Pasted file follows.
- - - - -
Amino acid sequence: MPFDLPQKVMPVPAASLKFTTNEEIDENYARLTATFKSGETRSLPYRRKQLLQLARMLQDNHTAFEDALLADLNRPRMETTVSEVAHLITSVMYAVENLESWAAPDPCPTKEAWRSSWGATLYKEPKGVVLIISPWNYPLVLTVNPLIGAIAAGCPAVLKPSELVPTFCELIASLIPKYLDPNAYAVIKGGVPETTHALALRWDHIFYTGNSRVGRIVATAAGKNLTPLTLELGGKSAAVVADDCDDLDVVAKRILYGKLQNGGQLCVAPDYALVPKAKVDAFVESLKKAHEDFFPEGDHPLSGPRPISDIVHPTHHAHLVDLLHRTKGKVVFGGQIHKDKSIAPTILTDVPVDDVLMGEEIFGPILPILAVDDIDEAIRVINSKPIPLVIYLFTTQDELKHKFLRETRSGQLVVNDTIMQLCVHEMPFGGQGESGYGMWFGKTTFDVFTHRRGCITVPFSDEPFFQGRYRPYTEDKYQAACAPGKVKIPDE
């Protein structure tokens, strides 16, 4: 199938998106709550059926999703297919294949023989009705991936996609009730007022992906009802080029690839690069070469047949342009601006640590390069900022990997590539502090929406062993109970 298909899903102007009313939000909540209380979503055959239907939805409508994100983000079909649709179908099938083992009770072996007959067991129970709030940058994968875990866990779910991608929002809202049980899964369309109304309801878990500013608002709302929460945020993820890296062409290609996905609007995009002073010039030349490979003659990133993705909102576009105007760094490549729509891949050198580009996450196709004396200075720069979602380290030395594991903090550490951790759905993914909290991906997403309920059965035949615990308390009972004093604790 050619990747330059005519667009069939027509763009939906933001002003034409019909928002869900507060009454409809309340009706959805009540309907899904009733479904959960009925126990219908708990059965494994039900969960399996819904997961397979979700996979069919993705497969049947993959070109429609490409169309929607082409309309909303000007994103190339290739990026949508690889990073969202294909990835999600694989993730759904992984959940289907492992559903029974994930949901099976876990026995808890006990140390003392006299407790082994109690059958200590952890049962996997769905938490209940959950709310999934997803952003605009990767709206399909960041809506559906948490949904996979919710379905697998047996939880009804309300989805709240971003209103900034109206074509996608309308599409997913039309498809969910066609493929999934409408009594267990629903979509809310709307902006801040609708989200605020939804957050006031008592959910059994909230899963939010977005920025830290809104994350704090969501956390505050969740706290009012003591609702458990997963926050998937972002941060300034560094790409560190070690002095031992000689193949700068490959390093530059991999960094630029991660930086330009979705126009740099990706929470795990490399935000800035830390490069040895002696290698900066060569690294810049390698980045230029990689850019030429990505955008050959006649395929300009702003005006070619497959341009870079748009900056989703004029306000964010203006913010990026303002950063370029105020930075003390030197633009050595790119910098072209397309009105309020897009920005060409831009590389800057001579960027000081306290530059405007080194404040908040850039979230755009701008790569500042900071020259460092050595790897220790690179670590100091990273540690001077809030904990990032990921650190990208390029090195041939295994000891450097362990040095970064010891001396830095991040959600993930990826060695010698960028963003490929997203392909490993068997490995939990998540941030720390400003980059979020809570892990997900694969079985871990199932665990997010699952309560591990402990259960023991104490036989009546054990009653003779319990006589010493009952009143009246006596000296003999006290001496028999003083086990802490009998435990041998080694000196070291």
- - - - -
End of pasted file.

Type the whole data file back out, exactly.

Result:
Amino acid sequence: MPFDLPQKVMPVPAASLKFTTNEEIDENYARLTATFKSGETRSLPYRRKQLLQLARMLQDNHTAFEDALLADLNRPRMETTVSEVAHLITSVMYAVENLESWAAPDPCPTKEAWRSSWGATLYKEPKGVVLIISPWNYPLVLTVNPLIGAIAAGCPAVLKPSELVPTFCELIASLIPKYLDPNAYAVIKGGVPETTHALALRWDHIFYTGNSRVGRIVATAAGKNLTPLTLELGGKSAAVVADDCDDLDVVAKRILYGKLQNGGQLCVAPDYALVPKAKVDAFVESLKKAHEDFFPEGDHPLSGPRPISDIVHPTHHAHLVDLLHRTKGKVVFGGQIHKDKSIAPTILTDVPVDDVLMGEEIFGPILPILAVDDIDEAIRVINSKPIPLVIYLFTTQDELKHKFLRETRSGQLVVNDTIMQLCVHEMPFGGQGESGYGMWFGKTTFDVFTHRRGCITVPFSDEPFFQGRYRPYTEDKYQAACAPGKVKIPDE
């Protein structure tokens, strides 16, 4: 199938998106709550059926999703297919294949023989009705991936996609009730007022992906009802080029690839690069070469047949342009601006640590390069900022990997590539502090929406062993109970 298909899903102007009313939000909540209380979503055959239907939805409508994100983000079909649709179908099938083992009770072996007959067991129970709030940058994968875990866990779910991608929002809202049980899964369309109304309801878990500013608002709302929460945020993820890296062409290609996905609007995009002073010039030349490979003659990133993705909102576009105007760094490549729509891949050198580009996450196709004396200075720069979602380290030395594991903090550490951790759905993914909290991906997403309920059965035949615990308390009972004093604790 050619990747330059005519667009069939027509763009939906933001002003034409019909928002869900507060009454409809309340009706959805009540309907899904009733479904959960009925126990219908708990059965494994039900969960399996819904997961397979979700996979069919993705497969049947993959070109429609490409169309929607082409309309909303000007994103190339290739990026949508690889990073969202294909990835999600694989993730759904992984959940289907492992559903029974994930949901099976876990026995808890006990140390003392006299407790082994109690059958200590952890049962996997769905938490209940959950709310999934997803952003605009990767709206399909960041809506559906948490949904996979919710379905697998047996939880009804309300989805709240971003209103900034109206074509996608309308599409997913039309498809969910066609493929999934409408009594267990629903979509809310709307902006801040609708989200605020939804957050006031008592959910059994909230899963939010977005920025830290809104994350704090969501956390505050969740706290009012003591609702458990997963926050998937972002941060300034560094790409560190070690002095031992000689193949700068490959390093530059991999960094630029991660930086330009979705126009740099990706929470795990490399935000800035830390490069040895002696290698900066060569690294810049390698980045230029990689850019030429990505955008050959006649395929300009702003005006070619497959341009870079748009900056989703004029306000964010203006913010990026303002950063370029105020930075003390030197633009050595790119910098072209397309009105309020897009920005060409831009590389800057001579960027000081306290530059405007080194404040908040850039979230755009701008790569500042900071020259460092050595790897220790690179670590100091990273540690001077809030904990990032990921650190990208390029090195041939295994000891450097362990040095970064010891001396830095991040959600993930990826060695010698960028963003490929997203392909490993068997490995939990998540941030720390400003980059979020809570892990997900694969079985871990199932665990997010699952309560591990402990259960023991104490036989009546054990009653003779319990006589010493009952009143009246006596000296003999006290001496028999003083086990802490009998435990041998080694000196070291």